Thursday, August 19, 2010

No Impact Marge

In nature there are neither rewards nor punishments; there are consequences.

Robert Green Ingersoll

I once told Clint I wish I could be like Kendra Wilkinson and the Girls Next Door. We were watching an episode of the Girls planning a Midsummer's Night's Dream party at the mansion when I blurted out this guilty pleasure of a wish. While I was sure he wishes parts of me were like Kendra Wilkinson too, he gave me one of the biggest looks of disgust I had seen since I showed him the bunion on my right foot. But I had an explanation for him! I envied their ability to see the world and all the fun in it. I wished I could live a life where my conscience wasn't screaming at me every time I drove, turned on a switch, left a faucet on, or wasted a sheet of paper. I wish my perspective of life were as sequined and feathered as theirs but alas, it is not...

(People with environmentalist tendencies just don't seem to have as much flair as people with porn tendencies.)

I'm not sure if I'm an environmentalist or if I am just a concerned citizen. I have always had weird habits about waste and water usage. (My mom can attest to my hoarding of "garbage" but all those old notes and deconstructed school projects were reusable!) I had a fabulous fourth grade teacher who taught us the importance of environmental sustainability and preservation. Our assignments consistently revolved around the Brazilian rainforest or tropical animals. In college, an environmentalist friend taught me more about agriculture, animal industry, and how it only made sense to be a vegetarian. And my more recent studies of books and documentaries in past years have led to a more holistic understanding of the environment, how our actions impact the environment, and how the results of our impact affect people in other countries, particularly third-world countries.

I have now honed a decision-making thought-process that would blow Kendra's mind.

Take for instance, printing paper. I saw someone printing documents the other day and as soon as I heard the hum of the printer and saw the paper feed through, I was overwhelmed with visions of logging trucks, bare forest floors, paper processing plants, bleach-water running into streams and polluting the environment, large trucks spewing smoke into the sky while transporting reams of paper, until finally all that was there was a single sheet of fine white paper sitting in a printer tray.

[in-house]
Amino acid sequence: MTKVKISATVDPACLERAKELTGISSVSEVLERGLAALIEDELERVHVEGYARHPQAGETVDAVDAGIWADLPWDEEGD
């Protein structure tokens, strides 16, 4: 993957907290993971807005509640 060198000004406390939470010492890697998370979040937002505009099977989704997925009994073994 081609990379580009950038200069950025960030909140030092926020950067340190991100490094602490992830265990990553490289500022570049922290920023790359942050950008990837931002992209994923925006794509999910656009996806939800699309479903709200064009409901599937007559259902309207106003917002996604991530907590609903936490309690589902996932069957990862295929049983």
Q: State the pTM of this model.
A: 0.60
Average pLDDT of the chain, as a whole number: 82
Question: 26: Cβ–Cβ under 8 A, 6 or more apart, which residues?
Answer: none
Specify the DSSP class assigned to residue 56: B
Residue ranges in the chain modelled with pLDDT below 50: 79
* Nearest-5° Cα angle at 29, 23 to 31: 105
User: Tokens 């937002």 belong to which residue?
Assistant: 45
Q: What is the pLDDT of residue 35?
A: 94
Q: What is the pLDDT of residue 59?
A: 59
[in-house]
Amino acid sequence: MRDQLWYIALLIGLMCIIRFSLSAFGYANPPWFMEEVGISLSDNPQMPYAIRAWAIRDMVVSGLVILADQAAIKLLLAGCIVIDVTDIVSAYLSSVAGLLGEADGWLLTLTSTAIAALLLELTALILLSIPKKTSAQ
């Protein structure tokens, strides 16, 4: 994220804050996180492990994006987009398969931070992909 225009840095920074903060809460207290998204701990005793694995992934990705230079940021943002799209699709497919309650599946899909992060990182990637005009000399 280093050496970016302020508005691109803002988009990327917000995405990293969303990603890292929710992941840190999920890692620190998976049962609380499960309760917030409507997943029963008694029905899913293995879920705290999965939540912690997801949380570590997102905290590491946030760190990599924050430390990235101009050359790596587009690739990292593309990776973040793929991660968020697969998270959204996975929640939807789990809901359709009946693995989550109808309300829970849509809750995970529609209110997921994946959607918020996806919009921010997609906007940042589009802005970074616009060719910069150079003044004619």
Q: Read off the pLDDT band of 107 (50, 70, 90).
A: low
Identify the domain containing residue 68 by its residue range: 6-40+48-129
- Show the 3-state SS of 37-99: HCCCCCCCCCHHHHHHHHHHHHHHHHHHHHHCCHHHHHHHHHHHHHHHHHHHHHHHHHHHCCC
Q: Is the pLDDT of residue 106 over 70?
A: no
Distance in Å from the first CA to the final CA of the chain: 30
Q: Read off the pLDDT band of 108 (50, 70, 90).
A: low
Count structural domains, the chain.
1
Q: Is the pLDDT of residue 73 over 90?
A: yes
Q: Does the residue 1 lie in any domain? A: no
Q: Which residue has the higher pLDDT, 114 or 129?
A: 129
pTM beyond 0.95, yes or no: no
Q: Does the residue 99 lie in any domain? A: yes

It's the same thought process for everything... someone commented on their new iPhone4 and how they quickly replaced their old iPhone. That old iPhone had to be manufactured leading to fumes from melting plastic painted the sky, a trail of smog tracing its footsteps. That old iPhone was probably "e-recycled", which means it ended up in a heap of other old electrical waste in a Chinese village where e-recycling is outsourced and villagers are asked to remove any useable wiring and plating until they are consumed by lead and mercury. (See for yourself or read the article)

But no one wants to hear these things. No one wants to be inconvenienced this way. I would be such a funner friend if I thought like Kendra. But I just don't think that way and sometimes I wonder if I should. Life would be easier, maybe I would be happier, and my husband too.

There is a small percentage of people in this world trying to fix these issues. They have a long hard fight ahead of them. Meanwhile, the remaining 99.95% of the population in the developed world is happy with the way life is; their favorite fruits and vegetables are always available regardless of the season or terrain, iPhones magically disappear when discarded, and the only waste paper leaves behind is in their garbage can. While I know I am not part of the 99.95%, I am also not fighting enough to really be included with the dedicated .05%. But I am trying, regardless of the upstream battle (actually, I think many people I know are in this little huddle with me but for the sake of easy reading, I won't redo the math and recalculate the Kendras vs. Environmentalists).

I recently read a book called No Impact Man. My goal is to acheive a lifestyle where I can be Minimal Impact Marge. My fear though is that my efforts will fall on deaf ears with the society around me.... I was already mocked yesterday for wanting to save paper. (Why are people so mean?) So why is that .05% fighting so hard when 99.95% aren't even aware of the battle? What if the 99.95% don't even care if we win the battle? What will we be fighting to save then?

What if the world doesn't want to be saved? What if my lack of impact isn't on the environment, but on the people (Kendras) around me?

No comments:

Post a Comment